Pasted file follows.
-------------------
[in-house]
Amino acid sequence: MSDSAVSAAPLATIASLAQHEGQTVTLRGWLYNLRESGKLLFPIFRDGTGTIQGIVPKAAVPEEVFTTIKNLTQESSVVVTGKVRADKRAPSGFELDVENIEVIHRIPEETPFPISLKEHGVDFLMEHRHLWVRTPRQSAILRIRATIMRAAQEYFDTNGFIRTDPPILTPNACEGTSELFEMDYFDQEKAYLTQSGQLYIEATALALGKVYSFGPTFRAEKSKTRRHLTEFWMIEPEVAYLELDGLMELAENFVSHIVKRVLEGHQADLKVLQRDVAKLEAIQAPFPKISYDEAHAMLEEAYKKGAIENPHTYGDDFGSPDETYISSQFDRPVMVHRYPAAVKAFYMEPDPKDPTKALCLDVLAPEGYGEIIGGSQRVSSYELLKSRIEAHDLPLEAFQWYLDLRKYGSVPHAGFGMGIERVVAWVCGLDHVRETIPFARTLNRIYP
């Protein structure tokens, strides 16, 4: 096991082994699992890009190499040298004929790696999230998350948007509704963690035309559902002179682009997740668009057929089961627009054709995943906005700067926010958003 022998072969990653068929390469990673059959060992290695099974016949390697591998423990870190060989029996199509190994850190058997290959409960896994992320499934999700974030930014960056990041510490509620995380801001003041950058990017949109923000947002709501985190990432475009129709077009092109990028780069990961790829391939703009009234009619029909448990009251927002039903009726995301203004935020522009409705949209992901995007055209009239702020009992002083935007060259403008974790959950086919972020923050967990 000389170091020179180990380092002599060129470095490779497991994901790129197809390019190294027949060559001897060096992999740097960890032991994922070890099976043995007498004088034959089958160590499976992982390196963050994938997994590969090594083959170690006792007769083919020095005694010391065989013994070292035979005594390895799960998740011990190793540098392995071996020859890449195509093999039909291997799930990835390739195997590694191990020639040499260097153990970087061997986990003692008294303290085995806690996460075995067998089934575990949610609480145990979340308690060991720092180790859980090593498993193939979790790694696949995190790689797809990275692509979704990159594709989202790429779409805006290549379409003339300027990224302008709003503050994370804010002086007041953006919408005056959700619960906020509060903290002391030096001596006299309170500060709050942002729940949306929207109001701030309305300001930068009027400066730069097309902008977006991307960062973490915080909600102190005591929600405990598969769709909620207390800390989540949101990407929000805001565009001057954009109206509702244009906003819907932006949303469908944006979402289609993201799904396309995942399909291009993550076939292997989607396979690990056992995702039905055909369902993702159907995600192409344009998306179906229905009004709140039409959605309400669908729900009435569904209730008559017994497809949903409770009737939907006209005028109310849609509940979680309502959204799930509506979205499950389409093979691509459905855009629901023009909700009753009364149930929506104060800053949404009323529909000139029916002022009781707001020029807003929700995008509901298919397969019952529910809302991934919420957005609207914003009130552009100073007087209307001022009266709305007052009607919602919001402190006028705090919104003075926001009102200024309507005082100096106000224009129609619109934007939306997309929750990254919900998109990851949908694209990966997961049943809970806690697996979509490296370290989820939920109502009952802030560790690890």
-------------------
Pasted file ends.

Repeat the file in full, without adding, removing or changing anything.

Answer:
[in-house]
Amino acid sequence: MSDSAVSAAPLATIASLAQHEGQTVTLRGWLYNLRESGKLLFPIFRDGTGTIQGIVPKAAVPEEVFTTIKNLTQESSVVVTGKVRADKRAPSGFELDVENIEVIHRIPEETPFPISLKEHGVDFLMEHRHLWVRTPRQSAILRIRATIMRAAQEYFDTNGFIRTDPPILTPNACEGTSELFEMDYFDQEKAYLTQSGQLYIEATALALGKVYSFGPTFRAEKSKTRRHLTEFWMIEPEVAYLELDGLMELAENFVSHIVKRVLEGHQADLKVLQRDVAKLEAIQAPFPKISYDEAHAMLEEAYKKGAIENPHTYGDDFGSPDETYISSQFDRPVMVHRYPAAVKAFYMEPDPKDPTKALCLDVLAPEGYGEIIGGSQRVSSYELLKSRIEAHDLPLEAFQWYLDLRKYGSVPHAGFGMGIERVVAWVCGLDHVRETIPFARTLNRIYP
């Protein structure tokens, strides 16, 4: 096991082994699992890009190499040298004929790696999230998350948007509704963690035309559902002179682009997740668009057929089961627009054709995943906005700067926010958003 022998072969990653068929390469990673059959060992290695099974016949390697591998423990870190060989029996199509190994850190058997290959409960896994992320499934999700974030930014960056990041510490509620995380801001003041950058990017949109923000947002709501985190990432475009129709077009092109990028780069990961790829391939703009009234009619029909448990009251927002039903009726995301203004935020522009409705949209992901995007055209009239702020009992002083935007060259403008974790959950086919972020923050967990 000389170091020179180990380092002599060129470095490779497991994901790129197809390019190294027949060559001897060096992999740097960890032991994922070890099976043995007498004088034959089958160590499976992982390196963050994938997994590969090594083959170690006792007769083919020095005694010391065989013994070292035979005594390895799960998740011990190793540098392995071996020859890449195509093999039909291997799930990835390739195997590694191990020639040499260097153990970087061997986990003692008294303290085995806690996460075995067998089934575990949610609480145990979340308690060991720092180790859980090593498993193939979790790694696949995190790689797809990275692509979704990159594709989202790429779409805006290549379409003339300027990224302008709003503050994370804010002086007041953006919408005056959700619960906020509060903290002391030096001596006299309170500060709050942002729940949306929207109001701030309305300001930068009027400066730069097309902008977006991307960062973490915080909600102190005591929600405990598969769709909620207390800390989540949101990407929000805001565009001057954009109206509702244009906003819907932006949303469908944006979402289609993201799904396309995942399909291009993550076939292997989607396979690990056992995702039905055909369902993702159907995600192409344009998306179906229905009004709140039409959605309400669908729900009435569904209730008559017994497809949903409770009737939907006209005028109310849609509940979680309502959204799930509506979205499950389409093979691509459905855009629901023009909700009753009364149930929506104060800053949404009323529909000139029916002022009781707001020029807003929700995008509901298919397969019952529910809302991934919420957005609207914003009130552009100073007087209307001022009266709305007052009607919602919001402190006028705090919104003075926001009102200024309507005082100096106000224009129609619109934007939306997309929750990254919900998109990851949908694209990966997961049943809970806690697996979509490296370290989820939920109502009952802030560790690890």